State orders day care closed after owner arrested
10/27/2009 6:35 AM
10/27/2009 6:35 AM
A Wichita day care center is closed after its owner allegedly drove children around town while she was intoxicated and didn't have a valid driver's license, according to a license suspension order by the Kansas Department of Health and Environment.
Margaret E. Walker, 49, of Derby, was arrested by police on Friday because they suspected she was driving under the influence, according to reports. She was driving a vehicle with seven children from her day care, the Creative Connections Learning Center at 11818 W. Central, the report said.
No injuries were reported.
Criminal charges have not been filed. Wichita police spokesman Gordon Bassham said he expects that charges could be filed today.
The day care center's closing leaves nearly 50 children's families searching for alternative child care and about five staff members out of a job, according to Child Start, an agency that provides parents with information on state-licensed day care centers.
Police started searching for Walker on Friday morning, when day care staff called because she came to the center "smelling strongly of alcohol," the suspension notice states. Walker left before police arrived.
Employees called the police back when Walker showed up again, this time taking seven children with her in the company vehicle for a field trip, according to the suspension order. Police said they found a bottle of vodka in Walker's purse, which she left behind at the day care.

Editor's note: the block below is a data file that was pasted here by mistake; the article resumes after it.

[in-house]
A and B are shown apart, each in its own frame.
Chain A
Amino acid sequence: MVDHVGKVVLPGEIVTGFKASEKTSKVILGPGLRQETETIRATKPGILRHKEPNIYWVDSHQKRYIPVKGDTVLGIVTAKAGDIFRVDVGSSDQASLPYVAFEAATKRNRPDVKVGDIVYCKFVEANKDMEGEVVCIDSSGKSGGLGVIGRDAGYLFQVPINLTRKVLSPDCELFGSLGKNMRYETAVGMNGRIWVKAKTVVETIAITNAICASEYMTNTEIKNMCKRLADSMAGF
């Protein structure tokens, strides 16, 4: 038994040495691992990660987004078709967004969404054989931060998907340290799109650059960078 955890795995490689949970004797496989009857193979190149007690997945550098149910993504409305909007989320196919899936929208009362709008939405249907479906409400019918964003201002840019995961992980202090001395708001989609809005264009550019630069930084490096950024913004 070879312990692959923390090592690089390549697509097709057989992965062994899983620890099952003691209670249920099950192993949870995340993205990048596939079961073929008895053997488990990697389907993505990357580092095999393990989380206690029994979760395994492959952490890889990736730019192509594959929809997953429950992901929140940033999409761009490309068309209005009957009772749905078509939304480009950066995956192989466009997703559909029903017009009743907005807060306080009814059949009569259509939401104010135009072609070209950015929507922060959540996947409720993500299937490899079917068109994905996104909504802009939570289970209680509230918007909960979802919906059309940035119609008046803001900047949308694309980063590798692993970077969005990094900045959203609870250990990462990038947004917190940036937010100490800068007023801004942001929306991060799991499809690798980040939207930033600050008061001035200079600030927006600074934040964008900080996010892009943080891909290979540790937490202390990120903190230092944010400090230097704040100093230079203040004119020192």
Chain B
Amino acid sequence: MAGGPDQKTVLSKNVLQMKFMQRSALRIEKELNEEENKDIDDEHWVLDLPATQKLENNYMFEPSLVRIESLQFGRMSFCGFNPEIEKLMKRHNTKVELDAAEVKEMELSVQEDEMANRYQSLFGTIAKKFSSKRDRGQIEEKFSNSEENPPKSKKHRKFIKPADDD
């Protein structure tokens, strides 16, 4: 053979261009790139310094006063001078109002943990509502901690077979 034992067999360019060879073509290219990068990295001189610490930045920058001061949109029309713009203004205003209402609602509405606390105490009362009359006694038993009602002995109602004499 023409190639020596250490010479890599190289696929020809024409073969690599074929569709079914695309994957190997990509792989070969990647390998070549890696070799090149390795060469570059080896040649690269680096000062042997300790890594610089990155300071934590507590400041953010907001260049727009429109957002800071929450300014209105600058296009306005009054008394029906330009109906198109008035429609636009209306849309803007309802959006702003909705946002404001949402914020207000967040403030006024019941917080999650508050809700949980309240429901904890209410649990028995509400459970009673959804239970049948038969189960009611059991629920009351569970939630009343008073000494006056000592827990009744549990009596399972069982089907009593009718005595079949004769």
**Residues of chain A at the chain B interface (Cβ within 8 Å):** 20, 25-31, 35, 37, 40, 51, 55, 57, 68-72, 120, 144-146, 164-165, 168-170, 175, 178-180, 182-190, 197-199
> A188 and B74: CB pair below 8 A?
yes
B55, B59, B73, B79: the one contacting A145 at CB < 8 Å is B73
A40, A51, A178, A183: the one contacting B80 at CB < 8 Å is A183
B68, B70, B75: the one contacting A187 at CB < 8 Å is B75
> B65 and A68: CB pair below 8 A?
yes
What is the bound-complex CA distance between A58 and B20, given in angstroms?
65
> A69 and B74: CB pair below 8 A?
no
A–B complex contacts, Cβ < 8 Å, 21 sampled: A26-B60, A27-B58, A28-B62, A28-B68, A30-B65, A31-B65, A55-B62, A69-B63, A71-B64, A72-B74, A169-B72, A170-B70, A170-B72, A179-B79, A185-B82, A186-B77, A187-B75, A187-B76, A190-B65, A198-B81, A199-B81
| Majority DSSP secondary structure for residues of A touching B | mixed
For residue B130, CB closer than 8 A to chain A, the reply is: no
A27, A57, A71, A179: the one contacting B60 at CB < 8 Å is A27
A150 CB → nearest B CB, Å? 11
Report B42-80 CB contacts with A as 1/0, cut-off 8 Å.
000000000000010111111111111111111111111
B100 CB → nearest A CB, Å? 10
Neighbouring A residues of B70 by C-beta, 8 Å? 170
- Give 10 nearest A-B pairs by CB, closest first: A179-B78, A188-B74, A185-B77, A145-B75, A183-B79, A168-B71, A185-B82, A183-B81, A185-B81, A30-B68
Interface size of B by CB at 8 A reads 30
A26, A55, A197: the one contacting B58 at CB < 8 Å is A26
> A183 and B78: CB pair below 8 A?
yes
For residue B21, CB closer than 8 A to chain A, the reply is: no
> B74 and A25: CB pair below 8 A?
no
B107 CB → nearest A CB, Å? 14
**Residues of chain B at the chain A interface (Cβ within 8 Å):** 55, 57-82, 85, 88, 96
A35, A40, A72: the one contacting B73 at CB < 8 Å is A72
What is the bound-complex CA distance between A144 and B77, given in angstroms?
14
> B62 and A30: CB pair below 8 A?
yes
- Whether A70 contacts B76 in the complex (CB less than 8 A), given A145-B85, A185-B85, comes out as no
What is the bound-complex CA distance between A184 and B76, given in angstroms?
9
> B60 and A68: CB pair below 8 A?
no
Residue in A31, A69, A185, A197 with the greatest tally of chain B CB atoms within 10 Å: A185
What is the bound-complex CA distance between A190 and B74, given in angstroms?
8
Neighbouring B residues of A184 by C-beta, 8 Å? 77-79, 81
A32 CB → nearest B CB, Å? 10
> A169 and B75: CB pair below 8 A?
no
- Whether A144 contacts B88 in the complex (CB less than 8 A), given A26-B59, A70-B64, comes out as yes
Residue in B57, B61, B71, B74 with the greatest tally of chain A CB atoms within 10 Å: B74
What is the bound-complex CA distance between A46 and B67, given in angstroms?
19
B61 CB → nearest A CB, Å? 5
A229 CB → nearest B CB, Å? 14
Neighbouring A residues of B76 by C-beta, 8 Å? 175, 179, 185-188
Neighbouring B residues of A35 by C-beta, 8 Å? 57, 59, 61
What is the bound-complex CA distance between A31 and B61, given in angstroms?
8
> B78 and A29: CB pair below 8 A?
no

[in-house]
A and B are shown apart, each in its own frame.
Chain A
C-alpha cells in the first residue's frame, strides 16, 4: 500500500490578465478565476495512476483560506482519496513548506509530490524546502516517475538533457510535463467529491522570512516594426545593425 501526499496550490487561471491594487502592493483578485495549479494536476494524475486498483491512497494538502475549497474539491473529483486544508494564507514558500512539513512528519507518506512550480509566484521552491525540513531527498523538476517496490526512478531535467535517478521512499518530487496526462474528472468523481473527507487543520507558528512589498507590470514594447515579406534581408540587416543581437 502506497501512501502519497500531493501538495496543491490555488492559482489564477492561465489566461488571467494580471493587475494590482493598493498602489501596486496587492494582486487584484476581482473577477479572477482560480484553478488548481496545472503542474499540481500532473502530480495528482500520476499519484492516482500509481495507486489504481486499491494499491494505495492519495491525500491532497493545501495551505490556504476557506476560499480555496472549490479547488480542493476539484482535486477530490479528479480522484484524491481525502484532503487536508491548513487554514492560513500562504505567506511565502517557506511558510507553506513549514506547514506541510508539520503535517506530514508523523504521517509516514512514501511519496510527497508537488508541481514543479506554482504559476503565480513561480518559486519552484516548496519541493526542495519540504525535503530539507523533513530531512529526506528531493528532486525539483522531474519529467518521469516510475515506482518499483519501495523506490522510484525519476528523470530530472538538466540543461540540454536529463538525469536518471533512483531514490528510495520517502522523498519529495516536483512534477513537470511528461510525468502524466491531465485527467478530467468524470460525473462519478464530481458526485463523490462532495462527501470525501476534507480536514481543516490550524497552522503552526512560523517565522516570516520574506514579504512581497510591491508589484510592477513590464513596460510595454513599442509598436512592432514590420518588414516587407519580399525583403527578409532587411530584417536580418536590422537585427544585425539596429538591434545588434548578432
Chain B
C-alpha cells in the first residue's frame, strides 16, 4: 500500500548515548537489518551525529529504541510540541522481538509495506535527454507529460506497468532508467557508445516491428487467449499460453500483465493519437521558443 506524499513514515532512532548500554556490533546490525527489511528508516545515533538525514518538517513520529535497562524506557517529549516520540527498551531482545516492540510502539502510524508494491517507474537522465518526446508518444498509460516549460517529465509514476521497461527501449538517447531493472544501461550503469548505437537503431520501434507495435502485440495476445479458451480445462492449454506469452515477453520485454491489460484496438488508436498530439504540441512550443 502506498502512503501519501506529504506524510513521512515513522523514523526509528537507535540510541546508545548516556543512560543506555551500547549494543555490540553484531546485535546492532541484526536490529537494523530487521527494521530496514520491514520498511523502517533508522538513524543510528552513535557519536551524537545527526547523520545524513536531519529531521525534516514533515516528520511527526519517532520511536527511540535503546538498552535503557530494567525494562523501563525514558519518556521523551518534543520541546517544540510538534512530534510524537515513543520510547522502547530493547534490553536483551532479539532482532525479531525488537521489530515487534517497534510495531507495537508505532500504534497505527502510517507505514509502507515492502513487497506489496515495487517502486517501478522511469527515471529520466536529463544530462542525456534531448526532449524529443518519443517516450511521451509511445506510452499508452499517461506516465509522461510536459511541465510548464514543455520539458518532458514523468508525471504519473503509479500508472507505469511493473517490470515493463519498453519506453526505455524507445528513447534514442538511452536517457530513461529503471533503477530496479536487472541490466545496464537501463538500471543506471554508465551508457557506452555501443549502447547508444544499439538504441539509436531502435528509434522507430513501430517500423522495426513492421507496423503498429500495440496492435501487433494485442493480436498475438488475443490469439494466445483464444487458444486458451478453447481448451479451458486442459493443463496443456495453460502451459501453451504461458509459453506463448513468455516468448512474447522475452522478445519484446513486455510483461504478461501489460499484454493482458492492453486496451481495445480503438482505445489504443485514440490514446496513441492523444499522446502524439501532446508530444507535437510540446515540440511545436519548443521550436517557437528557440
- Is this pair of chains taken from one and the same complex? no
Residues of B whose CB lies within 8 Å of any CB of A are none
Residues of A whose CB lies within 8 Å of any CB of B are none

Officers were waiting for Walker when she returned to the day care's parking lot shortly after 11 a.m., according to a police report. Police said they learned Walker drove children to school in the morning and was driving with a suspended license.
She was booked into jail on Friday but was released by Monday, police said.
Walker has 15 days from Friday to file a request for a hearing to appeal the license suspension order before it becomes final.
The day care employees won't be subject to action by the health department because the agency only licenses day care facilities, not its care workers, said Kristi Pankratz, KDHE spokeswoman.
Wichita-based Child Start didn't have a significantly higher call volume for referrals on Monday, and no parents specifically mentioned the Creative Connections Learning Center closing, said Clairissa Maddy, senior manager of the call center.
She said she heard of the license suspension from a teacher at the day care center, who is now unemployed.
Even emergency license suspensions usually aren't so sudden, and Maddy said the magnitude of the allegations is rare.
Day care centers are experiencing problems with too many vacancies, with local layoffs changing the dynamics a family's child care needs, Maddy said. The displaced families shouldn't have much trouble finding a place to go, she said.
"Forty to 50 children could be absorbed in the child care system pretty easily," Maddy said.
There are child care providers willing to serve as backups when other centers can't stay open, she said.
But Child Start can only point parents in the direction of day cares that are licensed by KDHE, which Walker's center was from June 2008 until Friday.
It's up to the parents to research the quality of a day care, Maddy said.